Friday, September 18, 2009
Demographics against NATO in Afghanistan War
Surprisingly, the Wall Street Journal ran an op-ed today describing the futility of the war in Afghanistan. It seems to be the European edition, which could explain things. Author Gunnar Heinsohn rather callously explains that because of disparate birthrates between the West and Afghanistan, Afghani "disposable sons" will eventually outlast NATO forces:
"Nearly half a million (Afghanis) reach military age every year. Close to 300,000 of them may be tempted by Taliban tales of victory or heroic death. When it comes to high-tech weapons, ISAF has the advantage. But when it comes to "disposable sons"—the ultimate weapon of war—the ratio between Afghanistan and NATO/ISAF is four million to zero in favor of Afghanistan."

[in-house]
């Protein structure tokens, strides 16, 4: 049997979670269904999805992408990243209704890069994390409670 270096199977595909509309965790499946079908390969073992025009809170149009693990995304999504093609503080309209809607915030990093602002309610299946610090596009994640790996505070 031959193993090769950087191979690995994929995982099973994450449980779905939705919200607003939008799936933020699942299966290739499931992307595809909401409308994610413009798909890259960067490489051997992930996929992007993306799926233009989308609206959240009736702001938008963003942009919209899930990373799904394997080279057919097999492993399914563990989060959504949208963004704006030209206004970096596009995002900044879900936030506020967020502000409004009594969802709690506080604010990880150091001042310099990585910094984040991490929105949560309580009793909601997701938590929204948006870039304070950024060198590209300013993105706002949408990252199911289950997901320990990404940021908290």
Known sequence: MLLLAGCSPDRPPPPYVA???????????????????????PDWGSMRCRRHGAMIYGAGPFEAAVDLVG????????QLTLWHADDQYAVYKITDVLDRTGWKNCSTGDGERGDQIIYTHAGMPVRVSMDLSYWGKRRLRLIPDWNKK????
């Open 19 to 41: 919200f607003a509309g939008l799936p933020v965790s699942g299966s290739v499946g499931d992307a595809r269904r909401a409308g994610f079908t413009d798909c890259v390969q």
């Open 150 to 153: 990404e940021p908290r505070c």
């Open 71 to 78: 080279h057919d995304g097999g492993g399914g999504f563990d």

Heinsohn posits that the Soviet Union, in which most families only had one son, could not stomach a bloody drawn out war, and NATO forces will not either, in contrast to the local population, in which the supply of young men that the insurgent forces will send to war is literally endless. If you think that's blunt, check out his plan for NATO untangling itself from the conflict:
"Western nations try to turn the international war, for which they do not have enough manpower, back into a civil war in which it will fall on the Afghans themselves to consume recent and coming youth bulges. The West does not count on the bloodshed ending soon. Yet, they hope to get their own men out of harms way..."
The United States is not losing any many soldiers in combat as the Russians did, or as we did during the Vietnam War. However, the U.S military is stretched to the brink in Iraq, where we have shown little signs of a serious draw-down. Without massive extensions of tours of duty or a draft, it is hard to imagine a scenario in which we can compete with wave after wave of young, angry, Afghani insurgents.